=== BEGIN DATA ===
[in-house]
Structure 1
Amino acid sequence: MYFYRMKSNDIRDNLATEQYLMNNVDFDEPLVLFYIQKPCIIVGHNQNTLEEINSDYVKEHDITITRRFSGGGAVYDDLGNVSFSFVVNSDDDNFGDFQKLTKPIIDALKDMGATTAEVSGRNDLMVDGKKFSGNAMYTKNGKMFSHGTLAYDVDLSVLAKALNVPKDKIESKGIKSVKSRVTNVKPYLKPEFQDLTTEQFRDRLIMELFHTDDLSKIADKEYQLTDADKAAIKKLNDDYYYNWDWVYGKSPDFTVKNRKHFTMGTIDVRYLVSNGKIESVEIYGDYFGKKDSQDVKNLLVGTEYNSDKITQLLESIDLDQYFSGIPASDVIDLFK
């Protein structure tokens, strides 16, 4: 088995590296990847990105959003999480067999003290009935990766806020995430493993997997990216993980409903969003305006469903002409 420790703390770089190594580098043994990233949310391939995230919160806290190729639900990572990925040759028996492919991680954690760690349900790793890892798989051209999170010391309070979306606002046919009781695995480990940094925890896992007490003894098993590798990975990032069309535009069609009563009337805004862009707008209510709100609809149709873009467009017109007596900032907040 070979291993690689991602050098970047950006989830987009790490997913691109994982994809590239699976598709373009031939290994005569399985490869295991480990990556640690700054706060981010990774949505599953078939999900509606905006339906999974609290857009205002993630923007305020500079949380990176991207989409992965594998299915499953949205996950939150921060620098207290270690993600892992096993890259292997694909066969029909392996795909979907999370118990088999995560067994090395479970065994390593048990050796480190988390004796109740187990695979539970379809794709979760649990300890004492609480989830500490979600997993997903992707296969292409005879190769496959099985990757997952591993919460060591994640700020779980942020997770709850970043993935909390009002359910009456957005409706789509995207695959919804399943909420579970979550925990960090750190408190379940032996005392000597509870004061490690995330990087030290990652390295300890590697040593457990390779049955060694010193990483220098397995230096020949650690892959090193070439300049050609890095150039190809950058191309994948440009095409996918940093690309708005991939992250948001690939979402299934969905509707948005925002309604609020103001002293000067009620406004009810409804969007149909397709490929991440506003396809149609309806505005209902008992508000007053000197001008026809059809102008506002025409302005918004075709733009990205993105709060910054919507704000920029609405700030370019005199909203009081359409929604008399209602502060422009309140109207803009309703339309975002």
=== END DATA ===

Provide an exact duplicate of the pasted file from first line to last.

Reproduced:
[in-house]
Structure 1
Amino acid sequence: MYFYRMKSNDIRDNLATEQYLMNNVDFDEPLVLFYIQKPCIIVGHNQNTLEEINSDYVKEHDITITRRFSGGGAVYDDLGNVSFSFVVNSDDDNFGDFQKLTKPIIDALKDMGATTAEVSGRNDLMVDGKKFSGNAMYTKNGKMFSHGTLAYDVDLSVLAKALNVPKDKIESKGIKSVKSRVTNVKPYLKPEFQDLTTEQFRDRLIMELFHTDDLSKIADKEYQLTDADKAAIKKLNDDYYYNWDWVYGKSPDFTVKNRKHFTMGTIDVRYLVSNGKIESVEIYGDYFGKKDSQDVKNLLVGTEYNSDKITQLLESIDLDQYFSGIPASDVIDLFK
């Protein structure tokens, strides 16, 4: 088995590296990847990105959003999480067999003290009935990766806020995430493993997997990216993980409903969003305006469903002409 420790703390770089190594580098043994990233949310391939995230919160806290190729639900990572990925040759028996492919991680954690760690349900790793890892798989051209999170010391309070979306606002046919009781695995480990940094925890896992007490003894098993590798990975990032069309535009069609009563009337805004862009707008209510709100609809149709873009467009017109007596900032907040 070979291993690689991602050098970047950006989830987009790490997913691109994982994809590239699976598709373009031939290994005569399985490869295991480990990556640690700054706060981010990774949505599953078939999900509606905006339906999974609290857009205002993630923007305020500079949380990176991207989409992965594998299915499953949205996950939150921060620098207290270690993600892992096993890259292997694909066969029909392996795909979907999370118990088999995560067994090395479970065994390593048990050796480190988390004796109740187990695979539970379809794709979760649990300890004492609480989830500490979600997993997903992707296969292409005879190769496959099985990757997952591993919460060591994640700020779980942020997770709850970043993935909390009002359910009456957005409706789509995207695959919804399943909420579970979550925990960090750190408190379940032996005392000597509870004061490690995330990087030290990652390295300890590697040593457990390779049955060694010193990483220098397995230096020949650690892959090193070439300049050609890095150039190809950058191309994948440009095409996918940093690309708005991939992250948001690939979402299934969905509707948005925002309604609020103001002293000067009620406004009810409804969007149909397709490929991440506003396809149609309806505005209902008992508000007053000197001008026809059809102008506002025409302005918004075709733009990205993105709060910054919507704000920029609405700030370019005199909203009081359409929604008399209602502060422009309140109207803009309703339309975002």